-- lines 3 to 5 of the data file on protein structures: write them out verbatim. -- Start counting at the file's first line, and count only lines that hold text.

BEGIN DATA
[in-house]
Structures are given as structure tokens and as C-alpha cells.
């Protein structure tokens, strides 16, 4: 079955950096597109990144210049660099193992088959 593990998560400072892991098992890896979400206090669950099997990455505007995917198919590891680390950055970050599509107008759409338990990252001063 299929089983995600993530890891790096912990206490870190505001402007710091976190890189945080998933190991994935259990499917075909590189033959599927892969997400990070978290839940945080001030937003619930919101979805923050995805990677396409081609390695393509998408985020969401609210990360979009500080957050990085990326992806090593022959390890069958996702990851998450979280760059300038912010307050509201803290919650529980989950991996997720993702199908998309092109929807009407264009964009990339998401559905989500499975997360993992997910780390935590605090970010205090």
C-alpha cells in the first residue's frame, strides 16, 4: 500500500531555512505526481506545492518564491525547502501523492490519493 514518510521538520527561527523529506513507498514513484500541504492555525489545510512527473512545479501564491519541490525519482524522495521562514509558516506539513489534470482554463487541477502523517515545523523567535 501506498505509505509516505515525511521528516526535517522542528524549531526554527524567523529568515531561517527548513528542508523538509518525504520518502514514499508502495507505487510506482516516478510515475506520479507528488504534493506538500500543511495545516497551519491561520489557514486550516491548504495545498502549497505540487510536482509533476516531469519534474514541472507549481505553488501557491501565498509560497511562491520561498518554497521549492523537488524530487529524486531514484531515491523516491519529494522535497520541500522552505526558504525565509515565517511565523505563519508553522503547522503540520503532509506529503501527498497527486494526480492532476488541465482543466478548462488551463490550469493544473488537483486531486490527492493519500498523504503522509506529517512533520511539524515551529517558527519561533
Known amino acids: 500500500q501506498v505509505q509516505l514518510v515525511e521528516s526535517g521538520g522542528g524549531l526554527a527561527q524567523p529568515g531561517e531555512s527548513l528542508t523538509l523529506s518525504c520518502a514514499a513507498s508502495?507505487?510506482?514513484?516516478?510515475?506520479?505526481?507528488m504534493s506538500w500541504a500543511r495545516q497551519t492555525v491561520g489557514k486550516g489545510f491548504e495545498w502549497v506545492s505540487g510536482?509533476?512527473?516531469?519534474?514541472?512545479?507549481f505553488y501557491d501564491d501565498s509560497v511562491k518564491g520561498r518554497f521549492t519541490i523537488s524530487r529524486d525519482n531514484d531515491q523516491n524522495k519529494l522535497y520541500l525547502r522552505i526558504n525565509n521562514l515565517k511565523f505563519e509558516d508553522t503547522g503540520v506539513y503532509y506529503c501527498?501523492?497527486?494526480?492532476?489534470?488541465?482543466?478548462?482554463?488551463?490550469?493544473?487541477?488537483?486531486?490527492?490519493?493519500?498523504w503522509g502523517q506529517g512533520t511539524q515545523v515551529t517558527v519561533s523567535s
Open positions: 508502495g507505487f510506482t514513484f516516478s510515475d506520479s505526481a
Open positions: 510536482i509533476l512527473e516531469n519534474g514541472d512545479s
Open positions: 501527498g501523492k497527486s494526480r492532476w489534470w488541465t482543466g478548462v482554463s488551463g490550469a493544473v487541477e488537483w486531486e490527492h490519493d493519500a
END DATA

């Protein structure tokens, strides 16, 4: 079955950096597109990144210049660099193992088959 593990998560400072892991098992890896979400206090669950099997990455505007995917198919590891680390950055970050599509107008759409338990990252001063 299929089983995600993530890891790096912990206490870190505001402007710091976190890189945080998933190991994935259990499917075909590189033959599927892969997400990070978290839940945080001030937003619930919101979805923050995805990677396409081609390695393509998408985020969401609210990360979009500080957050990085990326992806090593022959390890069958996702990851998450979280760059300038912010307050509201803290919650529980989950991996997720993702199908998309092109929807009407264009964009990339998401559905989500499975997360993992997910780390935590605090970010205090």
C-alpha cells in the first residue's frame, strides 16, 4: 500500500531555512505526481506545492518564491525547502501523492490519493 514518510521538520527561527523529506513507498514513484500541504492555525489545510512527473512545479501564491519541490525519482524522495521562514509558516506539513489534470482554463487541477502523517515545523523567535 501506498505509505509516505515525511521528516526535517522542528524549531526554527524567523529568515531561517527548513528542508523538509518525504520518502514514499508502495507505487510506482516516478510515475506520479507528488504534493506538500500543511495545516497551519491561520489557514486550516491548504495545498502549497505540487510536482509533476516531469519534474514541472507549481505553488501557491501565498509560497511562491520561498518554497521549492523537488524530487529524486531514484531515491523516491519529494522535497520541500522552505526558504525565509515565517511565523505563519508553522503547522503540520503532509506529503501527498497527486494526480492532476488541465482543466478548462488551463490550469493544473488537483486531486490527492493519500498523504503522509506529517512533520511539524515551529517558527519561533
Known amino acids: 500500500q501506498v505509505q509516505l514518510v515525511e521528516s526535517g521538520g522542528g524549531l526554527a527561527q524567523p529568515g531561517e531555512s527548513l528542508t523538509l523529506s518525504c520518502a514514499a513507498s508502495?507505487?510506482?514513484?516516478?510515475?506520479?505526481?507528488m504534493s506538500w500541504a500543511r495545516q497551519t492555525v491561520g489557514k486550516g489545510f491548504e495545498w502549497v506545492s505540487g510536482?509533476?512527473?516531469?519534474?514541472?512545479?507549481f505553488y501557491d501564491d501565498s509560497v511562491k518564491g520561498r518554497f521549492t519541490i523537488s524530487r529524486d525519482n531514484d531515491q523516491n524522495k519529494l522535497y520541500l525547502r522552505i526558504n525565509n521562514l515565517k511565523f505563519e509558516d508553522t503547522g503540520v506539513y503532509y506529503c501527498?501523492?497527486?494526480?492532476?489534470?488541465?482543466?478548462?482554463?488551463?490550469?493544473?487541477?488537483?486531486?490527492?490519493?493519500?498523504w503522509g502523517q506529517g512533520t511539524q515545523v515551529t517558527v519561533s523567535s